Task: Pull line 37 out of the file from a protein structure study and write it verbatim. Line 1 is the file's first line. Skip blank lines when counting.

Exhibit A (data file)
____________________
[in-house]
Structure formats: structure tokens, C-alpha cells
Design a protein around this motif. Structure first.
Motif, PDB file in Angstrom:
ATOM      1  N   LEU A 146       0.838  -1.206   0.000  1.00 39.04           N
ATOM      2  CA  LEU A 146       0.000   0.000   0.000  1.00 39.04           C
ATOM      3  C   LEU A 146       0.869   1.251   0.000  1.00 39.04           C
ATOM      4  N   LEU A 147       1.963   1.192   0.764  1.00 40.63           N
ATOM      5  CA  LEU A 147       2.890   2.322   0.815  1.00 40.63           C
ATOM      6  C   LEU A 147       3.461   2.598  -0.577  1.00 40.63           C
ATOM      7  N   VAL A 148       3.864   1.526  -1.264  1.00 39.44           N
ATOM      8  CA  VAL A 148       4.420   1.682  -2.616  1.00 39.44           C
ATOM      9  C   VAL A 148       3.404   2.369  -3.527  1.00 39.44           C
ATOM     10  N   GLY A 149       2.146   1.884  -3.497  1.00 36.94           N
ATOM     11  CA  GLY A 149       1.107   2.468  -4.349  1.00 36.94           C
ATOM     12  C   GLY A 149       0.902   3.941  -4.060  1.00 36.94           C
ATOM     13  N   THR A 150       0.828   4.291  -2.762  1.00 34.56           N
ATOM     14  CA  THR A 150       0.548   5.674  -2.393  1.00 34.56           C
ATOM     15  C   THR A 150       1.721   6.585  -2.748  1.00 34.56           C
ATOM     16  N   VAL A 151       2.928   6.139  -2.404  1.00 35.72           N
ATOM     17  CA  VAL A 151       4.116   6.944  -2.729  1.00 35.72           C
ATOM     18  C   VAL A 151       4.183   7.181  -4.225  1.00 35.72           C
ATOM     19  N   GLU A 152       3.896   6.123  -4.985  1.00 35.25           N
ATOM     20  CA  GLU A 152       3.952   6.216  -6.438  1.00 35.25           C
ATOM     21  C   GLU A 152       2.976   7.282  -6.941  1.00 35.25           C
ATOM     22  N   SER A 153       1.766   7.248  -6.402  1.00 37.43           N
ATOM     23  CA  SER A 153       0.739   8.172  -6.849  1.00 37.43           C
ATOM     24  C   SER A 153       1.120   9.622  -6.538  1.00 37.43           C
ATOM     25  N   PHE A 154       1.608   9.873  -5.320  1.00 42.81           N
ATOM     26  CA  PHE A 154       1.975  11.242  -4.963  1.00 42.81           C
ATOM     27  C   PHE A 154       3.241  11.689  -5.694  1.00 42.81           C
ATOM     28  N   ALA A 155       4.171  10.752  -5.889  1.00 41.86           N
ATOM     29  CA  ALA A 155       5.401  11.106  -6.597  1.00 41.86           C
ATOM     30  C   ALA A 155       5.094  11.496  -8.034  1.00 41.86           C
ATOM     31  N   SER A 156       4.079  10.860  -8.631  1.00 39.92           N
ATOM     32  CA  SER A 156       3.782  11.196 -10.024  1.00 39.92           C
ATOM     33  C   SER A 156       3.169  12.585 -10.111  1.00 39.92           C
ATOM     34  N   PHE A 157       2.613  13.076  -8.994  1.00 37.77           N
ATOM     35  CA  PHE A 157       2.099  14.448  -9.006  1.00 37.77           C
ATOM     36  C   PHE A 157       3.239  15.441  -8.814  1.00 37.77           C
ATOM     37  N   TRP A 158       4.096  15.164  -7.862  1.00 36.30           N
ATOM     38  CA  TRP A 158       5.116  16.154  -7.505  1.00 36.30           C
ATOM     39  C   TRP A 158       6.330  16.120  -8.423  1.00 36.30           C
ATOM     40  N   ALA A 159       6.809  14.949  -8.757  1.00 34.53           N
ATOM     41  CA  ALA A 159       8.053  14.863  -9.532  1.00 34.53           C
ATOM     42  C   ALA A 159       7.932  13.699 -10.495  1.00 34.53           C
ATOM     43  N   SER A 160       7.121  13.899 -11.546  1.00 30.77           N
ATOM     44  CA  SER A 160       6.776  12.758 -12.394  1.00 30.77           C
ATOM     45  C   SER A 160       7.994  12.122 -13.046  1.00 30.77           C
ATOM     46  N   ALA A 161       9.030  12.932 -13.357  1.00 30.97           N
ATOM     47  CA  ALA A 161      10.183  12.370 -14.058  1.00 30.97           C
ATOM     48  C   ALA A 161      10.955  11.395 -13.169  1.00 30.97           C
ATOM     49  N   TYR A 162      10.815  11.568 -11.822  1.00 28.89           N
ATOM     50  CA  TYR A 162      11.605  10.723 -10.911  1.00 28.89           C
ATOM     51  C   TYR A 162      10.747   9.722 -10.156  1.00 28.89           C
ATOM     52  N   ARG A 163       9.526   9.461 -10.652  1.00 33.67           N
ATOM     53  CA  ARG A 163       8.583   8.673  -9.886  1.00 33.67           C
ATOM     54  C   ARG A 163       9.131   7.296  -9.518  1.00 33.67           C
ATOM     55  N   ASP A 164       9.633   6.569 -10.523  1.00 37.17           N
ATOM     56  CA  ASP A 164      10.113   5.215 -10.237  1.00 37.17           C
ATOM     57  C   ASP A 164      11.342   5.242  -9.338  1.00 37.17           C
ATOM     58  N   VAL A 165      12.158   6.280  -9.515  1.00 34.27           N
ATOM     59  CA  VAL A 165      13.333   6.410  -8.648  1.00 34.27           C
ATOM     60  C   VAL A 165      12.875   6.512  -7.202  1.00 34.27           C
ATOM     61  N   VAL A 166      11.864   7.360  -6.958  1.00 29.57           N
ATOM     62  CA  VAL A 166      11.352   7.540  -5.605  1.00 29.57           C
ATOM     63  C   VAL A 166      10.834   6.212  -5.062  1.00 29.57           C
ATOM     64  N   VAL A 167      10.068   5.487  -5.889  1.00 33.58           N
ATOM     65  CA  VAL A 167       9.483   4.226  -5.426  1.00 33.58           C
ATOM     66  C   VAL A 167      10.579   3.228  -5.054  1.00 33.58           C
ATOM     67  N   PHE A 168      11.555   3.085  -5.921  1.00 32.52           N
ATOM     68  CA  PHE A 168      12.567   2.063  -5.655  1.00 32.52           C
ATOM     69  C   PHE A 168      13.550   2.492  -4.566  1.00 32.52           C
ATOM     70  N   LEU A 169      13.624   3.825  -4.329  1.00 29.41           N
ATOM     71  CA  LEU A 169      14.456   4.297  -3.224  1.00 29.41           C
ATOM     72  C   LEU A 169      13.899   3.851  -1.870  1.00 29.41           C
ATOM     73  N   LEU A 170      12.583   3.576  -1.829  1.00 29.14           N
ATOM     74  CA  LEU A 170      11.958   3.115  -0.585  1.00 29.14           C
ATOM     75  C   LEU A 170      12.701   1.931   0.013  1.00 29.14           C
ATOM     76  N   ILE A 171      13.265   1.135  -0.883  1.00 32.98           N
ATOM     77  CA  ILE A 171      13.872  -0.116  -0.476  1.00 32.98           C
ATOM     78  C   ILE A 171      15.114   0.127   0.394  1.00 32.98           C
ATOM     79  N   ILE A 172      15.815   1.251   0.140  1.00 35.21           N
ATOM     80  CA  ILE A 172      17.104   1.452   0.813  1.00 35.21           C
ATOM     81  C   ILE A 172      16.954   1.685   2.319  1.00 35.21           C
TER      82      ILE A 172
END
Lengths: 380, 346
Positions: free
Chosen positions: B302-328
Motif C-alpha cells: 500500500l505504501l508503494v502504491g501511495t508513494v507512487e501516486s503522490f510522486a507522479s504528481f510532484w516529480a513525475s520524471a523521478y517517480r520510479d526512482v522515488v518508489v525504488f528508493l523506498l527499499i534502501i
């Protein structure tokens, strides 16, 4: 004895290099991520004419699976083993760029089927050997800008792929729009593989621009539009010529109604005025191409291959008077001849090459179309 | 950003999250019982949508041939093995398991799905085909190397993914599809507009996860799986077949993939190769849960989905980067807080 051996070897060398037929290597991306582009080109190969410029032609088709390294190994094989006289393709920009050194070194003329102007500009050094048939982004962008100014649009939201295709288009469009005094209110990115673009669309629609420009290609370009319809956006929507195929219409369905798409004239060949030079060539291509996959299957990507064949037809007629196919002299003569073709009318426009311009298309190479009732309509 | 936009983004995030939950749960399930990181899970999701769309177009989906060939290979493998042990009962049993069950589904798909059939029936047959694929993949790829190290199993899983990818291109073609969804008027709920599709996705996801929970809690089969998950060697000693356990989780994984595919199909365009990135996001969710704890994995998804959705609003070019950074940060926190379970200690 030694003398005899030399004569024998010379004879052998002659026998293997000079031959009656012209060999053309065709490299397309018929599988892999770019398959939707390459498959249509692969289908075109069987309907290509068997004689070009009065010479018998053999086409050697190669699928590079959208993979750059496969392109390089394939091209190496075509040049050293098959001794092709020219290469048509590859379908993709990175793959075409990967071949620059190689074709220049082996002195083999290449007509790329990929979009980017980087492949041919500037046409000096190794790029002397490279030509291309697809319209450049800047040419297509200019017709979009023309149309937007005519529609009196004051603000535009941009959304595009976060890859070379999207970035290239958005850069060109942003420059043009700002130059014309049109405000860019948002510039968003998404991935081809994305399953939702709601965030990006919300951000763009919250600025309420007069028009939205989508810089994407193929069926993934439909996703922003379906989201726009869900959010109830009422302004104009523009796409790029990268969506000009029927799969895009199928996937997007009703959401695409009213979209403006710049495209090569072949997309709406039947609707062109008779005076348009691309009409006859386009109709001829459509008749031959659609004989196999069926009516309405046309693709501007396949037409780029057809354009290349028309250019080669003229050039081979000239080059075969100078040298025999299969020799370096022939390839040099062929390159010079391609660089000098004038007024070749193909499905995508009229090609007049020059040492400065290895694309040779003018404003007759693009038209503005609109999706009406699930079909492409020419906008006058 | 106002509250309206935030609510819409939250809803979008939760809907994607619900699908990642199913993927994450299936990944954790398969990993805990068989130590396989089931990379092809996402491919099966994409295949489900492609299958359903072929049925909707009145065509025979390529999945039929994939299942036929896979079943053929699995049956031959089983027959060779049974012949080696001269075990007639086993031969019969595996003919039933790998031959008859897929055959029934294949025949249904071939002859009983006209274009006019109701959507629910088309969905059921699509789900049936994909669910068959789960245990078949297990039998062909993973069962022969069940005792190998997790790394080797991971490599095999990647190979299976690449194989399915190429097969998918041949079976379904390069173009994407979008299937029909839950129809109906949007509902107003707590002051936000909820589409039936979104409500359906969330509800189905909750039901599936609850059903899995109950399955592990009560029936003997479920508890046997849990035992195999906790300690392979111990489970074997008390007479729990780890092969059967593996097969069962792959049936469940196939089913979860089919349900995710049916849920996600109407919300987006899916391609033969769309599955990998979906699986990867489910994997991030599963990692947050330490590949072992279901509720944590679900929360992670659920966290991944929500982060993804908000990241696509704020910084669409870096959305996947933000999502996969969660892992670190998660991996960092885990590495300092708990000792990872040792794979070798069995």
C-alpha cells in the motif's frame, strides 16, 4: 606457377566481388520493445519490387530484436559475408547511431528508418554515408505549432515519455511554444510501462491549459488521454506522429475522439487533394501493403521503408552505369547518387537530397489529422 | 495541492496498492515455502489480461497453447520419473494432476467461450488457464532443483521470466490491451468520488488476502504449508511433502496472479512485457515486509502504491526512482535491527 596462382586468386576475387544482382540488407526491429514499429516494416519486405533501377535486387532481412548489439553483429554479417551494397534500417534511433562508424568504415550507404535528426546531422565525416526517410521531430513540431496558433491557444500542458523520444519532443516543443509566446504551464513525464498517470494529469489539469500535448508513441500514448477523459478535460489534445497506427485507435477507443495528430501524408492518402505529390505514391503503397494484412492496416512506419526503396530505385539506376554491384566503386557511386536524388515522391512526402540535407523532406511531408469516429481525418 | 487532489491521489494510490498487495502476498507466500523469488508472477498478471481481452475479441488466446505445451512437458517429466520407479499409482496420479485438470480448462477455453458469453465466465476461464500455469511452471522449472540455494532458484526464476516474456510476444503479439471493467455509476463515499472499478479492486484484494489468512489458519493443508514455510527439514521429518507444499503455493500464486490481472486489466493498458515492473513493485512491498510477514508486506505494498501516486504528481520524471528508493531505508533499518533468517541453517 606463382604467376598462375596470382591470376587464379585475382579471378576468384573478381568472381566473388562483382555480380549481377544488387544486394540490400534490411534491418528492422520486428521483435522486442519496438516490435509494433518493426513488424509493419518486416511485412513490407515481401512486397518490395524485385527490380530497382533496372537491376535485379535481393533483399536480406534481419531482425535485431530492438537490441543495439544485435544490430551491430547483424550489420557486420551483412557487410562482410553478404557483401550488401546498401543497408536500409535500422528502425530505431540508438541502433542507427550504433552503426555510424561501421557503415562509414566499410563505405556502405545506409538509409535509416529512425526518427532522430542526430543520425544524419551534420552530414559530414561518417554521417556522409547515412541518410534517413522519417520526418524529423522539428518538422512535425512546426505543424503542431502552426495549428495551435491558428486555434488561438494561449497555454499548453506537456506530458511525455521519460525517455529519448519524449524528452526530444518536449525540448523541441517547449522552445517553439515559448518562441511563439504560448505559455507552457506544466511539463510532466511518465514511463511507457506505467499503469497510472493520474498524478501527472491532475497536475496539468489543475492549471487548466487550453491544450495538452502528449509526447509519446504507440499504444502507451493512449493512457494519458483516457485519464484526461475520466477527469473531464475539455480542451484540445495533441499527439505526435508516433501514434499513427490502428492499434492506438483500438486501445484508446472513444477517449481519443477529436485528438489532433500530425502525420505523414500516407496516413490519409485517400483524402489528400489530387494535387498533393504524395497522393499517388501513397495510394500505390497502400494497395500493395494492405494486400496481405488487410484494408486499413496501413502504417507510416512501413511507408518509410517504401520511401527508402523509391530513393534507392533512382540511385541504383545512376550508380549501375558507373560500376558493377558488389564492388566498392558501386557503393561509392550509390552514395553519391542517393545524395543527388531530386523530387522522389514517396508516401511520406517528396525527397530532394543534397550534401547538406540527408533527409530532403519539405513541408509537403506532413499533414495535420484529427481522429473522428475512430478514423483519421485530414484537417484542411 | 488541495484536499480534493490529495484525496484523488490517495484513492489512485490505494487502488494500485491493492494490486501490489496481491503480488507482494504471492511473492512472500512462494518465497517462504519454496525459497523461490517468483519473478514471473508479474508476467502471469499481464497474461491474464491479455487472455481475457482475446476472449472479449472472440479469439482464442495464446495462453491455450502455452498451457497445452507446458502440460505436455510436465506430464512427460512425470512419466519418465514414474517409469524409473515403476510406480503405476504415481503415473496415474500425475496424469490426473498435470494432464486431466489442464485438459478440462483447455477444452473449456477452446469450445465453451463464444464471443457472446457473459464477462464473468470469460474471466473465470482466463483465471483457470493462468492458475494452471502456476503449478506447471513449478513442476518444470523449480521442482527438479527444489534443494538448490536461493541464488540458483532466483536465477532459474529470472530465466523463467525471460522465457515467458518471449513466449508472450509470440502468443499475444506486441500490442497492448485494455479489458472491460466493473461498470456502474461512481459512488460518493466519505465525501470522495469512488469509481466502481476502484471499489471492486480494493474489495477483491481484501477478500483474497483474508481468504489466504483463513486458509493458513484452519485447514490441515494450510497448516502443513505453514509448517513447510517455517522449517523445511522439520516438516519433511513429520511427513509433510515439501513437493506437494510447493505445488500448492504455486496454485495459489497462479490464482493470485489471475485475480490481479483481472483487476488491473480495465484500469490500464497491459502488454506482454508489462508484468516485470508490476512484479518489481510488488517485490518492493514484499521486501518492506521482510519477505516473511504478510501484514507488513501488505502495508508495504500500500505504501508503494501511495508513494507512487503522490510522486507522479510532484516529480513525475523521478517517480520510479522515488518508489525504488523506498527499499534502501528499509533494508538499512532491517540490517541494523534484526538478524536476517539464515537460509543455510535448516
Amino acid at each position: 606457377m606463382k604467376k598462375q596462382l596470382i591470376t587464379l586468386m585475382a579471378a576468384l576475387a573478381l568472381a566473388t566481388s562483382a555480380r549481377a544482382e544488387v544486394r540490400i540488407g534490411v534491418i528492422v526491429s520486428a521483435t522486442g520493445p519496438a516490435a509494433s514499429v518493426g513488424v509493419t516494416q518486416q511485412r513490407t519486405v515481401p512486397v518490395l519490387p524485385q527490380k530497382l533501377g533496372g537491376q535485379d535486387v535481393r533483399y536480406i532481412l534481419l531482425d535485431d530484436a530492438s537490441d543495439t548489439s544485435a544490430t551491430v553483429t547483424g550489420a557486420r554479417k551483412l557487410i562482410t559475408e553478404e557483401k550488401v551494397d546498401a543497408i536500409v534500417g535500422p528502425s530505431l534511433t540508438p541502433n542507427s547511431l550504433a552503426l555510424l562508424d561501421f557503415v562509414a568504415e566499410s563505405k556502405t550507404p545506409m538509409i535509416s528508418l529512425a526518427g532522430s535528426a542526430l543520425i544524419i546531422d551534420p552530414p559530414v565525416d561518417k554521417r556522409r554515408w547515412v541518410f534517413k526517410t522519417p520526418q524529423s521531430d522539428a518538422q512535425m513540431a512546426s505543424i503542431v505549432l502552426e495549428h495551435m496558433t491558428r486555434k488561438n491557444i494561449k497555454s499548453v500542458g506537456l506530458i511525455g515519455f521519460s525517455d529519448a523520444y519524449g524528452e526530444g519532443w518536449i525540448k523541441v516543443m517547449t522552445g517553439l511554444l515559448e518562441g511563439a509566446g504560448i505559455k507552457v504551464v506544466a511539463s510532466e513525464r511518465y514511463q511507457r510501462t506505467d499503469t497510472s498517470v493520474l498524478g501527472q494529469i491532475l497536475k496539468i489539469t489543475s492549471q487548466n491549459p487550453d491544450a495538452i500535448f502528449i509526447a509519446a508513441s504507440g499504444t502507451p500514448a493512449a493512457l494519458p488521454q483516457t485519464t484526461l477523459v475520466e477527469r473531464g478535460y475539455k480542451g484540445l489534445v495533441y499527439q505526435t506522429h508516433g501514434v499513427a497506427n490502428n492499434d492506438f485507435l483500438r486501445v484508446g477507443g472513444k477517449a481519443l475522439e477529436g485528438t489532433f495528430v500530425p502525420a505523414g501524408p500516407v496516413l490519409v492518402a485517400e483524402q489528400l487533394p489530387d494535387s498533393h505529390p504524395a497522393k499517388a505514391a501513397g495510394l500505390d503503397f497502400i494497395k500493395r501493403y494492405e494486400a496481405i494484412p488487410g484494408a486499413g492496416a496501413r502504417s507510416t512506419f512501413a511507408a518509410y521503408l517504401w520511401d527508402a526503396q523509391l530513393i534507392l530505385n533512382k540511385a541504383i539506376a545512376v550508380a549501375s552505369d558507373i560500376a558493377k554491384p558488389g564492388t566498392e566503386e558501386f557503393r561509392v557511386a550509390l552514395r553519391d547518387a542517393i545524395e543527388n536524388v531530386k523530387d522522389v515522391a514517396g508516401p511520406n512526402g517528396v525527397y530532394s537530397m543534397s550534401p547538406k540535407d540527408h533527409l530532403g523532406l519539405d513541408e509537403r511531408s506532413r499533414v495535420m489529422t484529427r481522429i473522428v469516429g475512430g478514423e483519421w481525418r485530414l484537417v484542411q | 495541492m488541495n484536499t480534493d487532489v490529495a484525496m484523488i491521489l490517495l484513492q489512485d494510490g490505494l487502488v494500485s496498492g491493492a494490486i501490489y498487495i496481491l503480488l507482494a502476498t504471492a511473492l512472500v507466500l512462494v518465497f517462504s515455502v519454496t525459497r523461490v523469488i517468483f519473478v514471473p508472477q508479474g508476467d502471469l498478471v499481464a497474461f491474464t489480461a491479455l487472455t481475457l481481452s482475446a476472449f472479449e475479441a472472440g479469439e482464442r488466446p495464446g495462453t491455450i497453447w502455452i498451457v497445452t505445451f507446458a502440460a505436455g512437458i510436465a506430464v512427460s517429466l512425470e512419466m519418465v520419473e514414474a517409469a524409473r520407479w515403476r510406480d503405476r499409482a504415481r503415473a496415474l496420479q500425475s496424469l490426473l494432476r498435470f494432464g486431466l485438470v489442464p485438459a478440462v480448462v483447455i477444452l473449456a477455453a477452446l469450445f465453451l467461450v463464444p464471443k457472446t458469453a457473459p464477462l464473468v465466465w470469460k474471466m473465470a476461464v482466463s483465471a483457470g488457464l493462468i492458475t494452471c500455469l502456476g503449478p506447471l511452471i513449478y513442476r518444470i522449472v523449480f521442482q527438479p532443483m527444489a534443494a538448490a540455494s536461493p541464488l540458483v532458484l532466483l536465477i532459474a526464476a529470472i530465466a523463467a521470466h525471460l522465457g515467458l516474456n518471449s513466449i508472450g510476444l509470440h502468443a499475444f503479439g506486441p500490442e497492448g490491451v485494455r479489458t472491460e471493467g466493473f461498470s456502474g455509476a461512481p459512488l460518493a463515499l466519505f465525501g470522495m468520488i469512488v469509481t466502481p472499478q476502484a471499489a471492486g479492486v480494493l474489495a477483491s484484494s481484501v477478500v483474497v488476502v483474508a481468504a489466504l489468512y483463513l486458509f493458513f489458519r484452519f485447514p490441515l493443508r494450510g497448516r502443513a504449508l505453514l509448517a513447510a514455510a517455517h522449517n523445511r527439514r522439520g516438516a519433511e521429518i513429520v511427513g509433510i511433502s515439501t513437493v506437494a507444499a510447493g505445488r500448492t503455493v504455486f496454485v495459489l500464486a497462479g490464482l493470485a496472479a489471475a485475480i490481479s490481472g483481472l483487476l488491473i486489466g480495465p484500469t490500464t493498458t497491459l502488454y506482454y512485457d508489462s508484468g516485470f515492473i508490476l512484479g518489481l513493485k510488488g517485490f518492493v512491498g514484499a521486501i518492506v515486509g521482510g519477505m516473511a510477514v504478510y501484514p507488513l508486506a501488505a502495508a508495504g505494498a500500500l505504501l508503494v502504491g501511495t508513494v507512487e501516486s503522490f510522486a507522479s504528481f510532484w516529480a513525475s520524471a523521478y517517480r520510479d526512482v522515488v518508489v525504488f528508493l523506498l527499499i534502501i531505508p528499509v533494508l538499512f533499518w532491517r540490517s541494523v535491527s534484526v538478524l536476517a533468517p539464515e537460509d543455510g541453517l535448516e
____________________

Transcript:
ATOM     33  C   SER A 156       3.169  12.585 -10.111  1.00 39.92           C